By COLLEEN MCCARTHY
It started like any other day, but before it was over March 11 would seem “like hell.”
“I feel the building shaking like dice being tossed by hand,” she said. “The blackboard, tables, chairs and papers are flying everywhere. I can’t recall how long it has been; it feels like a lifetime,” said Meiyu Tsai Ooyanagi.
Ooyanagi was at a retreat with the Miyagi International Association Translators when the earthquake first hit March 11 and witnessed the devastation first hand as she walked home.
“I saw many damaged cars, glass and many objects on the ground everywhere,” she said. “Traffic lights stopped working. It was a horrible scene.”
Her sister, Tan Tsai Chapman, a research associate and business manager with the Radvanyi Chair in International Security Studies at MSU, immediately thought of her sister when she heard about the earthquake in Japan.
Ooyanagi lives in Sendai, one of the cities that was hit the hardest by the recent earthquake and tsunami. She works as a translator and her husband, Hiroshi, owns a restaurant.
“At the time, I did not have a clear understanding on the level of severity,” Chapman said. With power outages across Japan, she was unable to contact her sister. Her mother, who lives in Taiwan, finally got in touch with Hiroshi at the family restaurant.
“He said he thought he was going to die that day,” Chapman said. “But the whole family was ok.”
That phone call cut out and it was days before they would hear anything from Meiyu or her family again.
“Of course, we imagined the worst,” Chapman explained. “But we could only wait. When the TV showed the horrible scenes, I had to turn it off.”
The quake was the largest in Japan’s recorded history at a magnitude of nearly 9.0. Although Japan has strict building codes in place to withstand high magnitude earthquakes, the damage in Sendai was extreme.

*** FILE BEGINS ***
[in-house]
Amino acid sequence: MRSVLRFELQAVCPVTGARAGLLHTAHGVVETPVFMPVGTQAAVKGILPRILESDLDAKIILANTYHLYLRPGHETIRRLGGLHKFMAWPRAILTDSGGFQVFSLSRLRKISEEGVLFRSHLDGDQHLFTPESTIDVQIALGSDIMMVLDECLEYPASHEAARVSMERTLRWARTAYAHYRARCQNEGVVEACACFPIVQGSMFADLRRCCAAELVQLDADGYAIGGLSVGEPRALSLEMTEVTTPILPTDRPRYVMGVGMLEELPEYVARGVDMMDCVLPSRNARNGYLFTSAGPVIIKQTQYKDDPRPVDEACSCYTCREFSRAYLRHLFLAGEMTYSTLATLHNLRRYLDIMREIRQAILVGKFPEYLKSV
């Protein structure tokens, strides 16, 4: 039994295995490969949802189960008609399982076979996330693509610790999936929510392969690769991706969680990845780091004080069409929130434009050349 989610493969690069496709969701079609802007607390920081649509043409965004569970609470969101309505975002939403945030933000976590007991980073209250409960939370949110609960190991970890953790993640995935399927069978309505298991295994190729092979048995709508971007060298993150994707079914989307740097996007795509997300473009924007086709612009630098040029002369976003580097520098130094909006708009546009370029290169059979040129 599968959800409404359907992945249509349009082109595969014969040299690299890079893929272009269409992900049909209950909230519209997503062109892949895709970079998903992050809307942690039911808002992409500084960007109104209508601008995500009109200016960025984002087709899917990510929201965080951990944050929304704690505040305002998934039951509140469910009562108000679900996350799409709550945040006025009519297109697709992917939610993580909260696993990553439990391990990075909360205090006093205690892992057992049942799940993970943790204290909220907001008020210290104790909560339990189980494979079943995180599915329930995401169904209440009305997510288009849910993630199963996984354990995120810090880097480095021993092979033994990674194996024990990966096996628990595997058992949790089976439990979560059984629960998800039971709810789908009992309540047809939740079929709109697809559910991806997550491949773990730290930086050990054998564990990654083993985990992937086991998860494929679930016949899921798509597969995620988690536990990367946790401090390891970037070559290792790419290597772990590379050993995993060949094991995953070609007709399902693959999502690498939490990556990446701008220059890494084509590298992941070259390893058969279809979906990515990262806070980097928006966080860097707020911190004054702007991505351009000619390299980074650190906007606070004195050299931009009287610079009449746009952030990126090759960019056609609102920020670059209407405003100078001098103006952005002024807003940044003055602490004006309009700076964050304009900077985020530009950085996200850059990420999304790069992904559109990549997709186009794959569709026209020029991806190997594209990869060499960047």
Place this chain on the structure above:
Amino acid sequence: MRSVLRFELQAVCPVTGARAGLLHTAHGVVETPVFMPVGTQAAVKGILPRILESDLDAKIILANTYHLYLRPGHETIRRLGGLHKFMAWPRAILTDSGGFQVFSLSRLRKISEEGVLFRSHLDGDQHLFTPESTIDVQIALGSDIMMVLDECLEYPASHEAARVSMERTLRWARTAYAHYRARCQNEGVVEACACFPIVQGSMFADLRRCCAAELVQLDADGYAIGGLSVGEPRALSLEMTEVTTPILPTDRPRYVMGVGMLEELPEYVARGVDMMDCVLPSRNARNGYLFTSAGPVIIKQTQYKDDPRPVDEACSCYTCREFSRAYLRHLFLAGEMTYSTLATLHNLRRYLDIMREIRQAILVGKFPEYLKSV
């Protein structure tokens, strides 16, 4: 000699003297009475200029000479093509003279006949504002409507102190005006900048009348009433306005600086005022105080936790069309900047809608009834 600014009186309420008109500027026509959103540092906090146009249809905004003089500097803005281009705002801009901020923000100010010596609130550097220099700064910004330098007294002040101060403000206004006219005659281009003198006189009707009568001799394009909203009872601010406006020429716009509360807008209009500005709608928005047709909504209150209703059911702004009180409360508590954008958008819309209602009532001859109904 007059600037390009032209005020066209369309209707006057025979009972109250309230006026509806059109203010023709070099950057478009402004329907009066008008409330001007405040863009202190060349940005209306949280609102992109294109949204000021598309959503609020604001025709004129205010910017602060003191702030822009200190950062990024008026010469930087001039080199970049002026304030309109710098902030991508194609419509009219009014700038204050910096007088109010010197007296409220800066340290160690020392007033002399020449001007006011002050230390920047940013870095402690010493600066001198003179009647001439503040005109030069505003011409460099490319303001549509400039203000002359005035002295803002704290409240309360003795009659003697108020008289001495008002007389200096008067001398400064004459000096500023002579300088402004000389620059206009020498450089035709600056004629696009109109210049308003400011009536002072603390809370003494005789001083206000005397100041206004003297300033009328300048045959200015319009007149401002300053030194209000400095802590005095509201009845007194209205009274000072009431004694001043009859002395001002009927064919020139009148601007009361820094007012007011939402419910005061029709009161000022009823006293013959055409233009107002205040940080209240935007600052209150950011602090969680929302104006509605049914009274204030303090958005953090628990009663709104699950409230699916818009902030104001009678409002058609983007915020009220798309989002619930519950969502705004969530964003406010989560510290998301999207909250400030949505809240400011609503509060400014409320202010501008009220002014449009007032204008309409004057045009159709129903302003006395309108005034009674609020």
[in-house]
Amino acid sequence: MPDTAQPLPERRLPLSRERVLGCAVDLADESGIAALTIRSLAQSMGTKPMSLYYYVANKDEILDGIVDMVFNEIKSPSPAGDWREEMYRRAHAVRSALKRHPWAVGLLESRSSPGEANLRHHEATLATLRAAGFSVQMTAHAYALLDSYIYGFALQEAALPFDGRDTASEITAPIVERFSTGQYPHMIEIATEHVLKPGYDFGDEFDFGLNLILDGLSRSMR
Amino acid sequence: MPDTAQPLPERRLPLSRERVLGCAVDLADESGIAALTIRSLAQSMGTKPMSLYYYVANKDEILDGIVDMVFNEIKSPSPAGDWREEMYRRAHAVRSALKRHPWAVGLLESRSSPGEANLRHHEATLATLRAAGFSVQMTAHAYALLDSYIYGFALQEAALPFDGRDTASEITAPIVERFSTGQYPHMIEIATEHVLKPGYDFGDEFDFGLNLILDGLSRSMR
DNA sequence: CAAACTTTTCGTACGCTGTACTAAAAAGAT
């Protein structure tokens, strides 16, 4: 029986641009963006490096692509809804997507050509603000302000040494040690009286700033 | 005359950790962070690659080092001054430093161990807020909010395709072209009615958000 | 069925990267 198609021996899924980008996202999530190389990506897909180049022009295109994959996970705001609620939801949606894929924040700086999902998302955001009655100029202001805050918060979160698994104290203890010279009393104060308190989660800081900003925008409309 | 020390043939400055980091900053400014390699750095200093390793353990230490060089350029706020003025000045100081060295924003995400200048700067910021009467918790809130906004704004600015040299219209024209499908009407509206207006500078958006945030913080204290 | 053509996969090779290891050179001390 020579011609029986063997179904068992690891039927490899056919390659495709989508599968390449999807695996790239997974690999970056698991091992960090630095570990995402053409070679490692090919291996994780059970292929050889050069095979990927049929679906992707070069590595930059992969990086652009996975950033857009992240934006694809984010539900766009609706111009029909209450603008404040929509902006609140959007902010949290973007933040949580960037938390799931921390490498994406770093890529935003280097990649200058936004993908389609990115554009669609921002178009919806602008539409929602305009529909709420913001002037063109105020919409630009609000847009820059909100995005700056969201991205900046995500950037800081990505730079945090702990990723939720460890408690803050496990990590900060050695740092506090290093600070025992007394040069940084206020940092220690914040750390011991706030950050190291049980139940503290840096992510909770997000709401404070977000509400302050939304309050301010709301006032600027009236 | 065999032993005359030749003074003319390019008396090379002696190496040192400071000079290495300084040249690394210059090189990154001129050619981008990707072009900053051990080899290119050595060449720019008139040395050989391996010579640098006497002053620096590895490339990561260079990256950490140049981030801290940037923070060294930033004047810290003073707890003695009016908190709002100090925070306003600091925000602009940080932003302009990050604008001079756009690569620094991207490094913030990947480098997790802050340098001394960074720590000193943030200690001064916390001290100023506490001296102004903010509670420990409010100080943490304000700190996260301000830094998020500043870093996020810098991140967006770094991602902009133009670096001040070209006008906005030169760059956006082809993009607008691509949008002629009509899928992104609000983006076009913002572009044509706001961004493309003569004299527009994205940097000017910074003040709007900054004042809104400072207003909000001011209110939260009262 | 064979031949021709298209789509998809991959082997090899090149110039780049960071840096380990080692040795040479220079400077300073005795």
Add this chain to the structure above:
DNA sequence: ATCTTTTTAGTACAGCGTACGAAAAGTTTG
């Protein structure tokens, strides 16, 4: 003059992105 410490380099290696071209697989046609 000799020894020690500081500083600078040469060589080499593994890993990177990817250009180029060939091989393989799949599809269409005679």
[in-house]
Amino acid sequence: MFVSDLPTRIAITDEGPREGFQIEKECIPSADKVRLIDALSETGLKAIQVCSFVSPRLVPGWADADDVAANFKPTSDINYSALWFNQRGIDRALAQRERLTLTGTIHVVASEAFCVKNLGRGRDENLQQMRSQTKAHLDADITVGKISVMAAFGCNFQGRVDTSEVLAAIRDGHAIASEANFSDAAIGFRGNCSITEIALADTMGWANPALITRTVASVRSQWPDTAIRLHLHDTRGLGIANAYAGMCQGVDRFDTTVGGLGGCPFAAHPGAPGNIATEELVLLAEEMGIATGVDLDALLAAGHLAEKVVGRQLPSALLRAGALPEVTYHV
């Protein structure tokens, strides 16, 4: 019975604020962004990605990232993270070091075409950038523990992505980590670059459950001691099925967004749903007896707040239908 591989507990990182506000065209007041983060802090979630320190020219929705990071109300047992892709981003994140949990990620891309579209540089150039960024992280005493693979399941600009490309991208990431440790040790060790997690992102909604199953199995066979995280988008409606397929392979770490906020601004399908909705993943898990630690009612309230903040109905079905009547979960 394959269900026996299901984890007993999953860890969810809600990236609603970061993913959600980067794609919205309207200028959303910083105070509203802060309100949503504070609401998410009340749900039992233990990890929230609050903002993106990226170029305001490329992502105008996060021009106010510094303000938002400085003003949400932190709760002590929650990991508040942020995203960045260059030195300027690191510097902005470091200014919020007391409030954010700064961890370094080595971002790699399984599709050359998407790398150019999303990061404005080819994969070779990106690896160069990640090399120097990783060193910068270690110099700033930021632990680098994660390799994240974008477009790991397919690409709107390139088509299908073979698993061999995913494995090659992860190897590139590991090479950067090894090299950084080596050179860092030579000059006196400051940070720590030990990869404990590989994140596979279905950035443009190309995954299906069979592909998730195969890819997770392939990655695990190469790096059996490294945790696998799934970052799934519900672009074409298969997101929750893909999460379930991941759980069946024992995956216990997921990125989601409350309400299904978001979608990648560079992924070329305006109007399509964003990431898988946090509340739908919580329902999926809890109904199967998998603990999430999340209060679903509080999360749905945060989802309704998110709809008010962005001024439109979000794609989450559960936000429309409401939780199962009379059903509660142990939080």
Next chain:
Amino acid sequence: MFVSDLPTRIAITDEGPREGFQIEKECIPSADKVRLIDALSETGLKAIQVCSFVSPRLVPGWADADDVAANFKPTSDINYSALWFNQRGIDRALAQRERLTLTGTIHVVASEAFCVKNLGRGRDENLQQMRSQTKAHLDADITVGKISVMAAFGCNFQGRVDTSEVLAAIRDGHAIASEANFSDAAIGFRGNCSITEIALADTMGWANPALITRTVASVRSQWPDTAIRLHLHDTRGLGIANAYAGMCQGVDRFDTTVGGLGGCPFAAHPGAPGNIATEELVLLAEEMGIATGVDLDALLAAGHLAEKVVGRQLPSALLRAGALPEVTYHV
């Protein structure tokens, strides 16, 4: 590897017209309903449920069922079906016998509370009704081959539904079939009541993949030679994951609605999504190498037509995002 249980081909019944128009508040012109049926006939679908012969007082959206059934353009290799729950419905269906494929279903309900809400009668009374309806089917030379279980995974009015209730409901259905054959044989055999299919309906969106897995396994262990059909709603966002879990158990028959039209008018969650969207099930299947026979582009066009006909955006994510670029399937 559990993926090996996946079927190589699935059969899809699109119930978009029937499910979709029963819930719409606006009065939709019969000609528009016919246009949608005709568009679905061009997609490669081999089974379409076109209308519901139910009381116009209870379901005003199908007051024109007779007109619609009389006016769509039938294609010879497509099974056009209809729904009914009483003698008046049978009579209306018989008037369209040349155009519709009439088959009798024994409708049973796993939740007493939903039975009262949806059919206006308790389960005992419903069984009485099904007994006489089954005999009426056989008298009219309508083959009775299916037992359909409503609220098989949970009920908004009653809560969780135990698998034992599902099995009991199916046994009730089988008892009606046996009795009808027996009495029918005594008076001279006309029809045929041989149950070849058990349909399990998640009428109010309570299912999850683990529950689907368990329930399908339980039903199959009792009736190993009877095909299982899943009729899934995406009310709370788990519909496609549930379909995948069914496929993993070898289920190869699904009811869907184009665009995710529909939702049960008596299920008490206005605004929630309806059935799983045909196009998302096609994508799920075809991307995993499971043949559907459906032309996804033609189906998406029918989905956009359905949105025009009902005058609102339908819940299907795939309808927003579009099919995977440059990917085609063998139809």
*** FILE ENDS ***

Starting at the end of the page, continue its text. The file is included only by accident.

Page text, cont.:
While her apartment building remained intact, many of her family’s belongings had been destroyed. There was no electricity, gas or water. Strong aftershocks rocked Sendai throughout the day and into the night. Ooyanagi and her neighbors were so afraid that they decided to camp out together in the lobby.
“In case anything happened, we could take care of each other,” she said. “We did not have much sleep, because we were worried about bigger aftershocks coming.”
Her building periodically has electricity and water but still no gas for cooking.
The first few days, they ate what didn’t require cooking, mostly canned food and crackers. Some stores have since reopened, but most have sold out of necessities, like food, water and batteries.
“Many people lined up before the stores opened,” Ooyanagi explained. “Often the goods were gone in the first hours. Many people cannot get what they need even though they have money.”
The tsunami did not reach Sendai, but costal villages outside the city have virtually disappeared. Thousands have been confirmed dead, and thousands more are still missing. Ooyanagi said the sous chef at their family restaurant lost his entire family when the tsunami hit the town of Fukushima.
“The Sendai mayor said that it will take at least two months to rebuild our city, but for those near the Pacific Ocean, three years rebuilding time is optimistic,” she said.
The nightmare is far from over in Japan. The Fukushima Nuclear Power Plant suffered severe damage from the earthquake and Japan is working to prevent a meltdown. The government called for citizens to evacuate the surrounding area.
Although, Ooyanagi says the nuclear crisis is something she does “not have time to worry about.” Her biggest fears are the daily aftershocks, some as high as 6.0 magnitude, and the dwindling supplies. The shelters are growing desperate for food, water, batteries, clothing and blankets. They are depending on donations and aid from international charities, she said.
The American Red Cross has already pledged $10 million in aid to Japan.
“They’ve asked for financial assistance instead of volunteers, so they can provide medical aid and help with the overall recovery,” Megan Burkes, a development and communications officer for the local Red Cross explained.
The money donated will help buy the supplies and ensure that survivors are receiving the medical care they need.
“There is a very strong Red Cross Society in Japan and they have already seen a large number of people stepping up to volunteer,” Burkes said.
Several international charities, including the Red Cross, have posted links on their websites where people can donate to their efforts in Japan. For a list of highly rated charities that are accepting donations for Japan, visit www.CharityNavigator.org .